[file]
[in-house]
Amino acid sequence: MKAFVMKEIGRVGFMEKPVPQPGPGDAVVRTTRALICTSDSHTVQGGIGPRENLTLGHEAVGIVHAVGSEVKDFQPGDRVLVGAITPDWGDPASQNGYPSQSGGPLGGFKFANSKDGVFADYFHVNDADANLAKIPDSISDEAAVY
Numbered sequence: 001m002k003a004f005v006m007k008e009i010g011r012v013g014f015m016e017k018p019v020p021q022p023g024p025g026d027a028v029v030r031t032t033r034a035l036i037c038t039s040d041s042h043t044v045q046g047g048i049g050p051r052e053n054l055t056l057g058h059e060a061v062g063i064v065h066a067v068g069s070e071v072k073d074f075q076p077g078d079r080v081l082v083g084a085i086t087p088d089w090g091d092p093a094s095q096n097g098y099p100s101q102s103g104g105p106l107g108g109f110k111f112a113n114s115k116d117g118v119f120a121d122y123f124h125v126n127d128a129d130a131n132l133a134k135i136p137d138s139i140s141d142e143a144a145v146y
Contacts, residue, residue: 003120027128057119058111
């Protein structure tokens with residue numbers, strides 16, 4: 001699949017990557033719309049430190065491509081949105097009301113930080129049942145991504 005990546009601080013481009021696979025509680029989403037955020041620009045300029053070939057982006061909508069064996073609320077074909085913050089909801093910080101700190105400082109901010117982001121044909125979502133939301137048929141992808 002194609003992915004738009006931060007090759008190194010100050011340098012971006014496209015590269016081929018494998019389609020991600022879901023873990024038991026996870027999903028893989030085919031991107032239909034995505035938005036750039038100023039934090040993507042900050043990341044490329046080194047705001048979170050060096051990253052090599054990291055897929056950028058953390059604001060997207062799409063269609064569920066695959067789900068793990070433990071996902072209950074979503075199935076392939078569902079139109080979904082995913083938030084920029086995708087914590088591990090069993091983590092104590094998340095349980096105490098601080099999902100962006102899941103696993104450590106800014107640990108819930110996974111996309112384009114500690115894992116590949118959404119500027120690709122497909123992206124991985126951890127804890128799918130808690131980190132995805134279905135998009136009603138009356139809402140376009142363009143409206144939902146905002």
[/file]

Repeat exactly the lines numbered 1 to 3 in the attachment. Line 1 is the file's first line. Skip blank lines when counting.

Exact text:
[in-house]
Amino acid sequence: MKAFVMKEIGRVGFMEKPVPQPGPGDAVVRTTRALICTSDSHTVQGGIGPRENLTLGHEAVGIVHAVGSEVKDFQPGDRVLVGAITPDWGDPASQNGYPSQSGGPLGGFKFANSKDGVFADYFHVNDADANLAKIPDSISDEAAVY
Numbered sequence: 001m002k003a004f005v006m007k008e009i010g011r012v013g014f015m016e017k018p019v020p021q022p023g024p025g026d027a028v029v030r031t032t033r034a035l036i037c038t039s040d041s042h043t044v045q046g047g048i049g050p051r052e053n054l055t056l057g058h059e060a061v062g063i064v065h066a067v068g069s070e071v072k073d074f075q076p077g078d079r080v081l082v083g084a085i086t087p088d089w090g091d092p093a094s095q096n097g098y099p100s101q102s103g104g105p106l107g108g109f110k111f112a113n114s115k116d117g118v119f120a121d122y123f124h125v126n127d128a129d130a131n132l133a134k135i136p137d138s139i140s141d142e143a144a145v146y